Pornography is another highly addictive form of infidelity that wreaks havoc on marriages. It can be consumed in many forms, and thanks to the internet, it is readily available to anyone, anywhere, anytime.
Men and women are equally drawn to porn and often rationalize that looking at or watching pornography is OK because it doesn’t hurt anyone else.
The problem is, of course, that it does hurt others. Spouses with real bodies and imperfections can’t always compare to the men and women on screen. Plus, porn creates unrealistic expectations of what sex should be like, which leads to discontentment in the marriage bed.
Infidelity Doesn’t Have to Be the End of Your Marriage
No matter what kind of infidelity you may have experienced, it doesn’t mean that you have to end your marriage. There is hope for healing.
God is more than able to take what was meant to harm you and turn it for your good, just like he did for me and Mark.
When Mark left, he fully intended for that to be the end of our story together. Thankfully, God had other plans. During our separation, my daughter and I began to pray thorns around Mark’s other relationship. God began to open Mark’s eyes to see things that he hadn’t noticed before.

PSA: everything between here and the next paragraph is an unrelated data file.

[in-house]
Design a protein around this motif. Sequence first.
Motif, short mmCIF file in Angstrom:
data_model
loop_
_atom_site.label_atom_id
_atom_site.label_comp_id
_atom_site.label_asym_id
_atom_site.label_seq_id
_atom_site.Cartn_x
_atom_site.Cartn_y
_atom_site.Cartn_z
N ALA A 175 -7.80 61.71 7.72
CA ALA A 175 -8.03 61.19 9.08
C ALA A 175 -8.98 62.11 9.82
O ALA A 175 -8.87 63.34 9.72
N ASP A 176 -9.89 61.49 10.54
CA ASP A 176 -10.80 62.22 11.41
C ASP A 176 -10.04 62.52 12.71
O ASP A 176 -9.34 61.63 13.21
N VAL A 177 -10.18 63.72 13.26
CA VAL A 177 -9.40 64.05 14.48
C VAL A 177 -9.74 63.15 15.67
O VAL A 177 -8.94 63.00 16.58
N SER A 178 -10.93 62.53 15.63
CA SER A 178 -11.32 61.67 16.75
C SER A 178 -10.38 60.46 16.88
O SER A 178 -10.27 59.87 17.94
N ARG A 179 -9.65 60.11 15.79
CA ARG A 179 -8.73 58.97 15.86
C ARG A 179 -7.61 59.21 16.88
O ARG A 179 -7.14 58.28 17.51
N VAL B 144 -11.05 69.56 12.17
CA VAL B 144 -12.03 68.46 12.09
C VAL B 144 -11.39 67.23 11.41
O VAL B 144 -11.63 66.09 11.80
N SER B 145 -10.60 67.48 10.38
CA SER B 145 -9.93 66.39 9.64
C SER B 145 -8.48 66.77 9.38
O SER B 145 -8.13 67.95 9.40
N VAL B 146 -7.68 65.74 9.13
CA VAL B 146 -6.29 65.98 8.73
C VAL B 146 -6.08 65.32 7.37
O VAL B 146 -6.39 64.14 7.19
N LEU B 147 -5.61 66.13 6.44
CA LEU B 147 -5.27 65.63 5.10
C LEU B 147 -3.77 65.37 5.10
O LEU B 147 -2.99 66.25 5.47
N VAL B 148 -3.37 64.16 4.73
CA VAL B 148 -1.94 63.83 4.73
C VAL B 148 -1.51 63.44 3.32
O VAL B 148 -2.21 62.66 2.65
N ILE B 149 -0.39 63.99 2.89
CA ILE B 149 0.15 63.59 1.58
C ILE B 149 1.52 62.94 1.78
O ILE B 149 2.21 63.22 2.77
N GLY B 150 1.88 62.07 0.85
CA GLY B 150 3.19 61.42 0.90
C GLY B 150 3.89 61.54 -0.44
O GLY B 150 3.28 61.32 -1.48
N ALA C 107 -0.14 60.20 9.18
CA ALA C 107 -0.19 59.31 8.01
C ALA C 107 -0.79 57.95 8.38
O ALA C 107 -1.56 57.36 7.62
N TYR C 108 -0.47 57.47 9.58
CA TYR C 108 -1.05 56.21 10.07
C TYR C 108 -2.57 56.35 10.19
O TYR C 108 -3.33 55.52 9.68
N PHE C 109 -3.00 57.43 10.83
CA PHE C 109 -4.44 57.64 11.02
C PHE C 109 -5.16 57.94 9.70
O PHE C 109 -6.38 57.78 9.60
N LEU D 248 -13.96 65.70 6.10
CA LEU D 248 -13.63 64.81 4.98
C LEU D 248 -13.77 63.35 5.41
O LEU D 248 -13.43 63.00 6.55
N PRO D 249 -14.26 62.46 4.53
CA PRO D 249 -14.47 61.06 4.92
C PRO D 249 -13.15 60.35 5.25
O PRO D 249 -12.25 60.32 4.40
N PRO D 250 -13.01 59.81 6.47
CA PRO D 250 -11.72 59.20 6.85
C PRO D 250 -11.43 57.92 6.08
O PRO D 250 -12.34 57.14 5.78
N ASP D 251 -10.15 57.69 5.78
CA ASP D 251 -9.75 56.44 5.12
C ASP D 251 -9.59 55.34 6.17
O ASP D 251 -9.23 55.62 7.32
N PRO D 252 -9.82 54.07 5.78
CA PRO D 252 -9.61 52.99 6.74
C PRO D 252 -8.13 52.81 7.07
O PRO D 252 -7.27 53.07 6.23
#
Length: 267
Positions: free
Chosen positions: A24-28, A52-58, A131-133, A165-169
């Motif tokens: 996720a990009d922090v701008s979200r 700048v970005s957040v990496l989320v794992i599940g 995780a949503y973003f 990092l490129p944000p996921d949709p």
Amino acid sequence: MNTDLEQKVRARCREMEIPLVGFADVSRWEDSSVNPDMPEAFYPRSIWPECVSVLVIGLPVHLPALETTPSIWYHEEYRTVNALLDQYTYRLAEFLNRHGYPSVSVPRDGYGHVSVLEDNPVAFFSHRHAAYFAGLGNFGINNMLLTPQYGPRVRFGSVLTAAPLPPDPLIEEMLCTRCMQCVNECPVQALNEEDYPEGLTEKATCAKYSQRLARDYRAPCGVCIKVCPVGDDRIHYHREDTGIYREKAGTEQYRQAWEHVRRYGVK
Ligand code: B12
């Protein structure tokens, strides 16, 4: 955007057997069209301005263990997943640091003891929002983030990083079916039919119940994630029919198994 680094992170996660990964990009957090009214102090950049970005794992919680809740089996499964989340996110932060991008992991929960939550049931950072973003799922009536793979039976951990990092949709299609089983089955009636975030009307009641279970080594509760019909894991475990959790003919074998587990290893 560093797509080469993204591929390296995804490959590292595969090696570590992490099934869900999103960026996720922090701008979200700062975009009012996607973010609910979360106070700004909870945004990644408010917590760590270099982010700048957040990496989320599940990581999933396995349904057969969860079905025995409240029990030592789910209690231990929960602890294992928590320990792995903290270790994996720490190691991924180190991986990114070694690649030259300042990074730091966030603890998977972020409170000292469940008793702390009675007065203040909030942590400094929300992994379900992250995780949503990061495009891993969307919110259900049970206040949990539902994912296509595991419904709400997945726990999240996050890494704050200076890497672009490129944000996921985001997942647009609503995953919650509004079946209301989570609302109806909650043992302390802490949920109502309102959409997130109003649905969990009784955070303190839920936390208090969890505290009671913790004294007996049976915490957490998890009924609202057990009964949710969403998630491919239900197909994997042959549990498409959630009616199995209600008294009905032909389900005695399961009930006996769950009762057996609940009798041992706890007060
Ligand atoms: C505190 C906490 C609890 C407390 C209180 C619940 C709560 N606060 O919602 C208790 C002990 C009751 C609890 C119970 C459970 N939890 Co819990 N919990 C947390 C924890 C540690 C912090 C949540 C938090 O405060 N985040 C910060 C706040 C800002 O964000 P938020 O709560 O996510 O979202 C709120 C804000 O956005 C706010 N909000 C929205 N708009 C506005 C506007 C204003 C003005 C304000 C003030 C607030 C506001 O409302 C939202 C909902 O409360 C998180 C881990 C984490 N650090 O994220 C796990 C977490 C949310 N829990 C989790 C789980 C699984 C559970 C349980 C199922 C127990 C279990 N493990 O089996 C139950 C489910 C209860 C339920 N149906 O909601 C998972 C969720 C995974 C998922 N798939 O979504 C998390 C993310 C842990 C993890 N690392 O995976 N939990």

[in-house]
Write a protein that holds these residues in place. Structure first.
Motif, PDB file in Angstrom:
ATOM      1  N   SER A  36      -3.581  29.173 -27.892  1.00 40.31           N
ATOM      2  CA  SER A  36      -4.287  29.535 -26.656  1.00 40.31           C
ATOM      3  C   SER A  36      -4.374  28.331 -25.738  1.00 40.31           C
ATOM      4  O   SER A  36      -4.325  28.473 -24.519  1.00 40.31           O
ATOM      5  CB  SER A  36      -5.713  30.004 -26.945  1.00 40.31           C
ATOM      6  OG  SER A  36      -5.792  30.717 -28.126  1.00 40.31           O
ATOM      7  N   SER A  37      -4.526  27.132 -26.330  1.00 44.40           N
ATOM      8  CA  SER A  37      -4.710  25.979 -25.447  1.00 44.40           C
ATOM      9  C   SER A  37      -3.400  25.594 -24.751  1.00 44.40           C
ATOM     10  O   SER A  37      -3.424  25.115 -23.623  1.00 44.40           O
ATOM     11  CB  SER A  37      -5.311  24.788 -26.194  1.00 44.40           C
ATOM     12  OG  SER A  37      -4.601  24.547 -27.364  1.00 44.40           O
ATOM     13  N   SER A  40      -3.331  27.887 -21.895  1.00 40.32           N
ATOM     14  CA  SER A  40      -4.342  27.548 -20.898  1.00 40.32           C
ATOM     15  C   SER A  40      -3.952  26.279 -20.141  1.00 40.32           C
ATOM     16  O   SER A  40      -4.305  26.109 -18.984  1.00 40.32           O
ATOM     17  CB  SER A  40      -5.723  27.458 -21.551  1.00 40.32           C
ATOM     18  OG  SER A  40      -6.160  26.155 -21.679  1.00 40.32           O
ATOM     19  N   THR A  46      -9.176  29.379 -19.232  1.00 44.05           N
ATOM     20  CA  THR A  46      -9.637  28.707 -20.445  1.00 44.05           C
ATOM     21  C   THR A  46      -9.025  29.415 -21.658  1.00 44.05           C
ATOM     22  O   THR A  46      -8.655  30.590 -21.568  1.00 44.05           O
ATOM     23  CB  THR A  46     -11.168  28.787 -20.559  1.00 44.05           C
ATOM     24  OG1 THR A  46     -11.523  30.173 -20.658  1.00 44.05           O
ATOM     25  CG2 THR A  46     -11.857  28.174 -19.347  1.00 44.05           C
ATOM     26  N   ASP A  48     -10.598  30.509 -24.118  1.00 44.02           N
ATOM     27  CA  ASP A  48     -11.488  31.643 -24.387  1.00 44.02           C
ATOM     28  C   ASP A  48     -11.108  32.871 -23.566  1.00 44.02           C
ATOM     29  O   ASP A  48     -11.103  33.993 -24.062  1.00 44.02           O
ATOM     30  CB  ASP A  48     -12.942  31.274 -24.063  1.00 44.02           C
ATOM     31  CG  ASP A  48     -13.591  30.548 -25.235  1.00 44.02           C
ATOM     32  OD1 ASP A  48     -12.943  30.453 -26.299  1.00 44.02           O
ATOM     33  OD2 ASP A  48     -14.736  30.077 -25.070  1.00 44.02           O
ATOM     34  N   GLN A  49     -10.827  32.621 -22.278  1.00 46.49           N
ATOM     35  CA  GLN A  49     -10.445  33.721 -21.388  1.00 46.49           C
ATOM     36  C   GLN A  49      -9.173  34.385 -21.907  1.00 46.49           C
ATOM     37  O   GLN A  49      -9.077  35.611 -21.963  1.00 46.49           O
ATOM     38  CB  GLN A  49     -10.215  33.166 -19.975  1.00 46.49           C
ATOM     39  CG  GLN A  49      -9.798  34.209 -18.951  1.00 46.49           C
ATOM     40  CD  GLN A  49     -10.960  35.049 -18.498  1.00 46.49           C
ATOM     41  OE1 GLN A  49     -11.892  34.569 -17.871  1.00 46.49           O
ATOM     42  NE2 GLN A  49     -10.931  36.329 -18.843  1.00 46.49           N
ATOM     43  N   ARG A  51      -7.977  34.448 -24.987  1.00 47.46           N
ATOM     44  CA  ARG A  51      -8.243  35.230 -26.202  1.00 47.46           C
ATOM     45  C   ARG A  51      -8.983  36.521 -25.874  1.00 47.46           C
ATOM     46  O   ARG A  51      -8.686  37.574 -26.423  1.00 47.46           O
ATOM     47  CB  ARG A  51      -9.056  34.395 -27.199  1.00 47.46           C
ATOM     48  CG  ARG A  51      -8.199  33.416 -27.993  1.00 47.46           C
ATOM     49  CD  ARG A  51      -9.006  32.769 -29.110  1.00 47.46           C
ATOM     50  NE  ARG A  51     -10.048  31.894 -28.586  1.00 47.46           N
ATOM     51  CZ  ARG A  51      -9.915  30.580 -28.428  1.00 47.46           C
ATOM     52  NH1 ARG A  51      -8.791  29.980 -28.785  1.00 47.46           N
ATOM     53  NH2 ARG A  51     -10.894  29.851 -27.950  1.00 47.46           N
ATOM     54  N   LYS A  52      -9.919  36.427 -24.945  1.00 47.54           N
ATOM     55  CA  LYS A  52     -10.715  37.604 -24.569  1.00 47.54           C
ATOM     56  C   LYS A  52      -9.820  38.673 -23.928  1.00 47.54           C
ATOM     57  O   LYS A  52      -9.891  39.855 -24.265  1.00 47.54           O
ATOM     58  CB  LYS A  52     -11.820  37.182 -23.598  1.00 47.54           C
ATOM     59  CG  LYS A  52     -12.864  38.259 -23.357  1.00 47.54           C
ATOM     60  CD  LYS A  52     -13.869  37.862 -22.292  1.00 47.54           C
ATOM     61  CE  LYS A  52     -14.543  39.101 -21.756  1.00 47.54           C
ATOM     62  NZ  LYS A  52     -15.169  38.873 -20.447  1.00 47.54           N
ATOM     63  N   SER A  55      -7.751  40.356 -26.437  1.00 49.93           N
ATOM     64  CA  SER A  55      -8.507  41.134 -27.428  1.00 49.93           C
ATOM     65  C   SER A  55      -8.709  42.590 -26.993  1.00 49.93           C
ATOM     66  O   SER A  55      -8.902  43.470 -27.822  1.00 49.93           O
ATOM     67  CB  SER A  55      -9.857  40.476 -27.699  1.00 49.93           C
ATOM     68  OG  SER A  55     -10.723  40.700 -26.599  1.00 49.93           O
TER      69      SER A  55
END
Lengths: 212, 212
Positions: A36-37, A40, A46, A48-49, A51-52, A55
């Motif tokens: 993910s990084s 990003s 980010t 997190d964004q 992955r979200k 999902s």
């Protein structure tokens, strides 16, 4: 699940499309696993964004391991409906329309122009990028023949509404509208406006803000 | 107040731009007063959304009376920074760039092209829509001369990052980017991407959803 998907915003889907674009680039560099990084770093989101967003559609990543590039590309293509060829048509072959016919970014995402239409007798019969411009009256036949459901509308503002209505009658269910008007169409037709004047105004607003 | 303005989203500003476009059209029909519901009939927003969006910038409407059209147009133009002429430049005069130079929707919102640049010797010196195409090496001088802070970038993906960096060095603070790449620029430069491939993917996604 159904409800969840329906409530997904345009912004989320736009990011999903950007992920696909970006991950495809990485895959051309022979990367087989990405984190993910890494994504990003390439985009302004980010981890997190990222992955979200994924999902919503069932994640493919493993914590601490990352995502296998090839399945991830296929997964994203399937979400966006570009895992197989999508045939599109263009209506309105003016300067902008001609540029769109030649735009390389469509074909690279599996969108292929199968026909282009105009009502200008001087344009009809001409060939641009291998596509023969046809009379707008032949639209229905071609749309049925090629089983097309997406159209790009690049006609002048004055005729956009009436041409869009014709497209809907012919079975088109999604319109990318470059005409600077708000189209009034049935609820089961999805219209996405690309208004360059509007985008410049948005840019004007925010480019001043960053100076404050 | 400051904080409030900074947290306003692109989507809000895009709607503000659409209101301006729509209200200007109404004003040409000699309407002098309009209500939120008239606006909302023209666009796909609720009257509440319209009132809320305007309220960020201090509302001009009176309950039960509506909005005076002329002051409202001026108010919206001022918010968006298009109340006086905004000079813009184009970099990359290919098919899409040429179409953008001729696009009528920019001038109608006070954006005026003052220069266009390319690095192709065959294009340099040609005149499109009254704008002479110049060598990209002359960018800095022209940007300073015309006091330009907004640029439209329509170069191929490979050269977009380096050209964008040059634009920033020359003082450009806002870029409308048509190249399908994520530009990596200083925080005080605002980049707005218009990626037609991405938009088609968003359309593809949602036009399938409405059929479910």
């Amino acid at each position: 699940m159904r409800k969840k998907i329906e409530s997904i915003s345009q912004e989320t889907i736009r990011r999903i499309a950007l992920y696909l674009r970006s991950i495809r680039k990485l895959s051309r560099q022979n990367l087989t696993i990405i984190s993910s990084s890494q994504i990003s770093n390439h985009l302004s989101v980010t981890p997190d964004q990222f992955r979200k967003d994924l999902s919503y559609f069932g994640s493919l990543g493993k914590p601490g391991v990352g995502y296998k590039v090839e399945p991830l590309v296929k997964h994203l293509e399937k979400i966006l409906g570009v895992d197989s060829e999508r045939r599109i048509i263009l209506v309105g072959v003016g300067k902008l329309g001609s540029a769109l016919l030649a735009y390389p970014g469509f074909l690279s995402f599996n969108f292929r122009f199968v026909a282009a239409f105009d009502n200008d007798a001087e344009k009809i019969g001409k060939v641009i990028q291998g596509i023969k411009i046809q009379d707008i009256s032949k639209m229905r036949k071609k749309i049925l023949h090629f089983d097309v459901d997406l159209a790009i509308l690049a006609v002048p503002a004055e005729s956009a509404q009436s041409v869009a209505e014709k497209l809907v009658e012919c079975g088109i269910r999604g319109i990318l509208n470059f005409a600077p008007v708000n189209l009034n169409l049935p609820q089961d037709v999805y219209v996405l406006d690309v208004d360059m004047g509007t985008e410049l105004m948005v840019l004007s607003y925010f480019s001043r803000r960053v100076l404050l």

Then on Easter, just a few months after he left, Mark had a special encounter with God. Our heavenly father showed Mark that if he came home, our marriage could have a blank slate. It was possible to start fresh if he would trust the Lord. Mark took that step of faith and our journey toward reconciliation began.
Of course, recovering from infidelity was difficult. It took unhumanable love, patience, and lots of work. In fact, it took two full years for us to be able to move from hurting to hopeful to healed.
Yet all the hard work has been worth it. Our marriage is stronger now than it’s ever been. We have replaced hurtful habits with constructive behaviors. We enjoy a renewed connection and have deeper emotional and physical intimacy than at any other time in our marriage. Our hearts have reconnected and our family is intact.